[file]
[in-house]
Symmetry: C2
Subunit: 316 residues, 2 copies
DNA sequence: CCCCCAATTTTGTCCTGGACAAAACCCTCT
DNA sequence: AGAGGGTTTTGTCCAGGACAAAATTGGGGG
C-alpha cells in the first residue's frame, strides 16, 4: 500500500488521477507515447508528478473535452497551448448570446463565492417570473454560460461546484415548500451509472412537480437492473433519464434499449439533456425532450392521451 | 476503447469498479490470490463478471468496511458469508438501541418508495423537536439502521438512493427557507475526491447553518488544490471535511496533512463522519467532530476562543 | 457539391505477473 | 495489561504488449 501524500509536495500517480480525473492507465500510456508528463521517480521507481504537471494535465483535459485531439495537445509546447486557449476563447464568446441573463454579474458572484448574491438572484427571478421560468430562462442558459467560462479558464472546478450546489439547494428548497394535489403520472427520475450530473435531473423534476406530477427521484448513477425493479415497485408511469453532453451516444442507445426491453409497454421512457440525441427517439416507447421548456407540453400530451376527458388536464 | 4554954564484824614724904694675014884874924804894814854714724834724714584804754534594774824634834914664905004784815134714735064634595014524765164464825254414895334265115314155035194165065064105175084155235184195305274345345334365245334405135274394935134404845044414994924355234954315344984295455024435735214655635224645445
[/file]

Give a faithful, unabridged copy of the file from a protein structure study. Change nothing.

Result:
[in-house]
Symmetry: C2
Subunit: 316 residues, 2 copies
DNA sequence: CCCCCAATTTTGTCCTGGACAAAACCCTCT
DNA sequence: AGAGGGTTTTGTCCAGGACAAAATTGGGGG
C-alpha cells in the first residue's frame, strides 16, 4: 500500500488521477507515447508528478473535452497551448448570446463565492417570473454560460461546484415548500451509472412537480437492473433519464434499449439533456425532450392521451 | 476503447469498479490470490463478471468496511458469508438501541418508495423537536439502521438512493427557507475526491447553518488544490471535511496533512463522519467532530476562543 | 457539391505477473 | 495489561504488449 501524500509536495500517480480525473492507465500510456508528463521517480521507481504537471494535465483535459485531439495537445509546447486557449476563447464568446441573463454579474458572484448574491438572484427571478421560468430562462442558459467560462479558464472546478450546489439547494428548497394535489403520472427520475450530473435531473423534476406530477427521484448513477425493479415497485408511469453532453451516444442507445426491453409497454421512457440525441427517439416507447421548456407540453400530451376527458388536464 | 4554954564484824614724904694675014884874924804894814854714724834724714584804754534594774824634834914664905004784815134714735064634595014524765164464825254414895334265115314155035194165065064105175084155235184195305274345345334365245334405135274394935134404845044414994924355234954315344984295455024435735214655635224645445